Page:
Aggregates+Oxidation Six

Description and working steps

Microaggregate Isolation (Microaggregate Isolator): Bulk soil <2 mm (20 g - 30 g) is immersed in deionized water on top of a 250 µm mesh screen and gently shaken ( =150 rpm ) with 50 glass beads (diam. 4 mm). Continuous and steady water flow through the device ensures that the microaggregates are immediately flushed onto a 53-µm sieve and hence not exposed to any further disruption by the beads. The material on the 53-µm sieve is then sieved by moving the sieve 50 times up and down (approx. 3 cm). The material on the 250 µm is the CPOM fraction. In this video, microaggregate isolation is explained in detail: http://www.benchfly.com/video/189/microaggregate-isolation-protocol/.

HMP dispersion+sieving: The microaggregates (5 g) are dispersed with 10 glass beads in 5 g/L NaHMP by shaking for 18 hours on a reciprocal shaker, iPOM+sand (mPOM) versus Silt and clay (mSOC) are isolated by pouring the dispersed sample over a 53 µm sieve and rinsed thoroughly with water. NaOCl oxidation 6%, pH 8: The fractions <53 µm (mSOC) are homogenized and a subsample of 1 g is oxidized with sodium hypochlorite (NaOCl) to separate the resistant SOC fraction (rSOC). 50 ml of 6% NaOCl, adjusted to pH=8 with concentrated HCl is added to the subsample and after 18 h at 25°C the sample is centrifugated at 1000 g for 15 min and washed with deionised water. The oxidation procedure is repeated twice. The residual SOC fraction (rSOC) is dried at 40 °C.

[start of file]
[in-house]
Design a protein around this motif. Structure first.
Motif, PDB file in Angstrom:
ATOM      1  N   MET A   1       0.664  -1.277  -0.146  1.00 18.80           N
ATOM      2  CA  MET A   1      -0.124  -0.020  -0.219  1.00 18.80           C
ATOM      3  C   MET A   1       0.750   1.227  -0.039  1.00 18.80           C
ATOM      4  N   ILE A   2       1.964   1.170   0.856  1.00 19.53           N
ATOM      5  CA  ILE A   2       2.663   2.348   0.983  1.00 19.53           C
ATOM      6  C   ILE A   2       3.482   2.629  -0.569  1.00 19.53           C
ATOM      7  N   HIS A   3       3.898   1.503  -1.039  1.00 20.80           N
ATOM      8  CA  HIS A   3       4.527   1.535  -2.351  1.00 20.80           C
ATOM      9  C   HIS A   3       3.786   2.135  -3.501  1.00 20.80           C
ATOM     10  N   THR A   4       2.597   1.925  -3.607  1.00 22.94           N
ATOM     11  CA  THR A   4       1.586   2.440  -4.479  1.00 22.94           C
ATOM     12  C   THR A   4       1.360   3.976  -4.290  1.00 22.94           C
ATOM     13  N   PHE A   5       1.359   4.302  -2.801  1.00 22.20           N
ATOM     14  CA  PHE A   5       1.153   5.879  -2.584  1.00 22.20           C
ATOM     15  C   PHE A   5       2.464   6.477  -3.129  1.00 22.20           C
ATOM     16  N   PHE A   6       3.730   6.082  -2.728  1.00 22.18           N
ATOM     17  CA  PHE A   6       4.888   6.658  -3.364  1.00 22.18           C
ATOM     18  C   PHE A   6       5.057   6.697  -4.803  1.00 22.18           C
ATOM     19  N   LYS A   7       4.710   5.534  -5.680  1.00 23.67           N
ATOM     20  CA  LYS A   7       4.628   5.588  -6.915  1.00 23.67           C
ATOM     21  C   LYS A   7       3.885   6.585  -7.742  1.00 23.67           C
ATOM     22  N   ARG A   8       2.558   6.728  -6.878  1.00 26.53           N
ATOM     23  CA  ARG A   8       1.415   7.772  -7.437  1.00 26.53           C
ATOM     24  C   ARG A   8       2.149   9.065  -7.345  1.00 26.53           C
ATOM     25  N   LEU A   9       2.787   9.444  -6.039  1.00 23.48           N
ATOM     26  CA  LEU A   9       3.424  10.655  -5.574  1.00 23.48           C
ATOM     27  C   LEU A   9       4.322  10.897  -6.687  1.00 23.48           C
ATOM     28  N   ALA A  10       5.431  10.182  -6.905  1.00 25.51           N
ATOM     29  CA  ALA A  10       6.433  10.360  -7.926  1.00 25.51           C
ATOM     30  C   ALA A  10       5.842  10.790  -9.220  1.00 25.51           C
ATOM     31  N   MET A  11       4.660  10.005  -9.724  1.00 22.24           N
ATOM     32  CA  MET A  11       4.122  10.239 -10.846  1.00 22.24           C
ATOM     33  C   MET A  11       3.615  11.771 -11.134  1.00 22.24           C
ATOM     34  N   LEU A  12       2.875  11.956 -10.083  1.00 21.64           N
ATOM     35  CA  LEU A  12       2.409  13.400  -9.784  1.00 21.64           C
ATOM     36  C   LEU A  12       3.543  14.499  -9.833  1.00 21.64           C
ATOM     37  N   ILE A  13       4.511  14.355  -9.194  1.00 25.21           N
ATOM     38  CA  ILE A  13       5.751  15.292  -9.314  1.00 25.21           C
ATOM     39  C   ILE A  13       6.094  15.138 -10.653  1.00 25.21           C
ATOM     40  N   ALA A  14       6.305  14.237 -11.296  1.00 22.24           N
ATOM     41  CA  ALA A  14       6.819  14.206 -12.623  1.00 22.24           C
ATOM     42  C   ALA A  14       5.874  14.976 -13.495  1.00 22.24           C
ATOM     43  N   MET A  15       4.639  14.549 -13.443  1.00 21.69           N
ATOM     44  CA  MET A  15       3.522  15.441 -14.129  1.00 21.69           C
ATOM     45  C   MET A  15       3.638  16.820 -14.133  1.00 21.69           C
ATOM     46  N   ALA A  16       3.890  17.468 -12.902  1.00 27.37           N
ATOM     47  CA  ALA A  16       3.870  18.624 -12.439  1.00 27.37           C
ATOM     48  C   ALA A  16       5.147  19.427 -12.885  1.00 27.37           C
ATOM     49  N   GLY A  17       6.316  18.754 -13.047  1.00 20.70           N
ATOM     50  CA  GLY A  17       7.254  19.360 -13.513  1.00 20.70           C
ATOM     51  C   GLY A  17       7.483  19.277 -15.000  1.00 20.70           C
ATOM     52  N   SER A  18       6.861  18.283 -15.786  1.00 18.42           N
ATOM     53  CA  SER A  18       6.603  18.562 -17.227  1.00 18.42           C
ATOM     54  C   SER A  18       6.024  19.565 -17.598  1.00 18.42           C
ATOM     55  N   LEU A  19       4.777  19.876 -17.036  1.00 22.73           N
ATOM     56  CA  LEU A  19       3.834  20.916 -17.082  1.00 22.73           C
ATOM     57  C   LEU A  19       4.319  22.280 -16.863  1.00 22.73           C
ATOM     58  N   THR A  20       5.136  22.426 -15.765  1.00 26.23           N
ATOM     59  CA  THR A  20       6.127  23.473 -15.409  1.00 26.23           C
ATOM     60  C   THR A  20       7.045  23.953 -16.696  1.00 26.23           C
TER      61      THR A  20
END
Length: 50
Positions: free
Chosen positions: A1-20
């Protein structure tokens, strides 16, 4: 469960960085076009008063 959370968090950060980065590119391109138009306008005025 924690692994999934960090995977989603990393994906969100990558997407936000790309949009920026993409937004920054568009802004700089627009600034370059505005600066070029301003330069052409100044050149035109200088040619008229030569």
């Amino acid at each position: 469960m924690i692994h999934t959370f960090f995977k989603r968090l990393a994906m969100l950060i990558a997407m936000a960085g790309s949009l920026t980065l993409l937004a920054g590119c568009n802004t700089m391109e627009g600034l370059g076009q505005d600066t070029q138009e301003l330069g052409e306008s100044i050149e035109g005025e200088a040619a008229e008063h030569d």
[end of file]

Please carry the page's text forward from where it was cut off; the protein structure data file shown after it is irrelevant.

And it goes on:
NaOCl oxidation 6%, pH 8: The fractions <53 µm (mSOC) are homogenized and a subsample of 1 g is oxidized with sodium hypochlorite (NaOCl) to separate the resistant SOC fraction (rSOC). 50 ml of 6% NaOCl, adjusted to pH=8 with concentrated HCl is added to the subsample and after 18 h at 25°C the sample is centrifugated at 1000 g for 15 min and washed with deionised water. The oxidation procedure is repeated twice. The residual SOC fraction (rSOC) is dried at 40 °C.

Advantages

The method tries to strike a balance between isolating fractions that are 1) having a mechanistic underpinning (physical versus chemical C stabilization), 2) can be used in modeling, 3) minimize the work load.

Disadvantages

Learning to accurately do the microaggregate isolation does require some training and familiarization with the method.

References

Six, J., Elliott, E., Paustian, K., 2000. Soil macroaggregate turnover and microaggregate formation: a mechanism for C sequestration under no-tillage agriculture. Soil Biology and Biochemistry 32, 2099-2103.

Six, J., Callewaert, P., Lenders, S., De Gryze, S., Morris, S.J., Gregorich, E.G., Paul, E.A., Paustian, K., 2002. Measuring and Understanding Carbon Storage in Afforested Soils by Physical Fractionation. Soil Sci Soc Am J 66, 1981-1987.